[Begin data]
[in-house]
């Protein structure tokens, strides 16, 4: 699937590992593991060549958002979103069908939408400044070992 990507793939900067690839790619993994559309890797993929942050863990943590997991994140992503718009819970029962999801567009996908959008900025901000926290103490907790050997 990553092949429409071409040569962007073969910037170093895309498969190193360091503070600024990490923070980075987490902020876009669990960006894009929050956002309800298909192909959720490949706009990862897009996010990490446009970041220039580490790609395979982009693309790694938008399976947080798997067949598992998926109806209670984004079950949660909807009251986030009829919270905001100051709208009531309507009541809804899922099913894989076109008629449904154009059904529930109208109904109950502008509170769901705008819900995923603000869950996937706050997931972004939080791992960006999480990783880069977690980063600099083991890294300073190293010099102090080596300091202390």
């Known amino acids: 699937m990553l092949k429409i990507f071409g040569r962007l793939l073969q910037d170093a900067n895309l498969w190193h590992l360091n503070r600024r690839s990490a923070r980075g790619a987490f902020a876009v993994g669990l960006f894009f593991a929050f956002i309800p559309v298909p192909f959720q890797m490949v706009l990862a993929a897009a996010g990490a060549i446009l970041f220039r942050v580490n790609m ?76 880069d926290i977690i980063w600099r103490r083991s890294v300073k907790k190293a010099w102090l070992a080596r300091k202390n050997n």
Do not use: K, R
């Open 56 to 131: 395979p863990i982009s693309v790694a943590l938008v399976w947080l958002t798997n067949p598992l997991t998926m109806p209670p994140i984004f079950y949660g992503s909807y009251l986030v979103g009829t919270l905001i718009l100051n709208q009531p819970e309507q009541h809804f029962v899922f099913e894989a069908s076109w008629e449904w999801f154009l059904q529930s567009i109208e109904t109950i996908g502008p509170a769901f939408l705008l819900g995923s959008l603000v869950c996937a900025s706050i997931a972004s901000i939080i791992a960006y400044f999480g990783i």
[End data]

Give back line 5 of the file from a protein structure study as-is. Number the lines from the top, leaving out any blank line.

């Open 56 to 131: 395979p863990i982009s693309v790694a943590l938008v399976w947080l958002t798997n067949p598992l997991t998926m109806p209670p994140i984004f079950y949660g992503s909807y009251l986030v979103g009829t919270l905001i718009l100051n709208q009531p819970e309507q009541h809804f029962v899922f099913e894989a069908s076109w008629e449904w999801f154009l059904q529930s567009i109208e109904t109950i996908g502008p509170a769901f939408l705008l819900g995923s959008l603000v869950c996937a900025s706050i997931a972004s901000i939080i791992a960006y400044f999480g990783i």